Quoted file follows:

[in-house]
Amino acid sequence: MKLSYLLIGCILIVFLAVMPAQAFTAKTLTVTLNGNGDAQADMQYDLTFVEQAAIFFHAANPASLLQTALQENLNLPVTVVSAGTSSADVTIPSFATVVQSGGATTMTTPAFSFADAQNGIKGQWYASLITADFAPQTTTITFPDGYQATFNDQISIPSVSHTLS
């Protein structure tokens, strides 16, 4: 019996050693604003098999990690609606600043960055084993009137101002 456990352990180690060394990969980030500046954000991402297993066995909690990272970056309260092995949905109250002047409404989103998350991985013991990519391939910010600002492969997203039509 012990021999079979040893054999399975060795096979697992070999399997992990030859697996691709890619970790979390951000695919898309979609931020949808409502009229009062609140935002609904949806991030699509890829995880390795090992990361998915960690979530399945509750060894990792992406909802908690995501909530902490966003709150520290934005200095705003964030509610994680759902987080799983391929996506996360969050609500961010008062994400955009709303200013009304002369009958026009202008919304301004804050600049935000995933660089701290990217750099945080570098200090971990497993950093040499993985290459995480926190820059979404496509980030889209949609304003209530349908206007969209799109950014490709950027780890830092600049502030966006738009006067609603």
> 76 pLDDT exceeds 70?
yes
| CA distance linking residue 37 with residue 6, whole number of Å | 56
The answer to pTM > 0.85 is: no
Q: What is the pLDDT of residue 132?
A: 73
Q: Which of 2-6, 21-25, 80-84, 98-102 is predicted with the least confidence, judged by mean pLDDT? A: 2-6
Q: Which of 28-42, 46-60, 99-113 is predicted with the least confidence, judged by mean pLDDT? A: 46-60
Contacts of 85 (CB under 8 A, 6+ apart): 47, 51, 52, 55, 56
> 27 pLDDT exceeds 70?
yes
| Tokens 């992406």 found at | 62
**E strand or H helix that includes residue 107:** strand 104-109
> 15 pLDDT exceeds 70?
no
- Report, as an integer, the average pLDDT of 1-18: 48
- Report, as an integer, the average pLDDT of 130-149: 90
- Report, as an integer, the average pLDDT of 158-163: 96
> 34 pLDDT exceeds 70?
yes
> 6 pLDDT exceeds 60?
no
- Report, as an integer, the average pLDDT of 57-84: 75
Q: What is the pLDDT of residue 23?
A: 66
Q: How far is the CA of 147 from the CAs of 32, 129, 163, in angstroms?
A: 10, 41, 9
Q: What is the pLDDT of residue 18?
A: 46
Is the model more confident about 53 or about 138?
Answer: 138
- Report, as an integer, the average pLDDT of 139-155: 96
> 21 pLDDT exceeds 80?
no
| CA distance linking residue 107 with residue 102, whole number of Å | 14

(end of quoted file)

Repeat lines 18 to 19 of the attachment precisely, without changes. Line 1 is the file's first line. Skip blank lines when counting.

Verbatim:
no
- Report, as an integer, the average pLDDT of 1-18: 48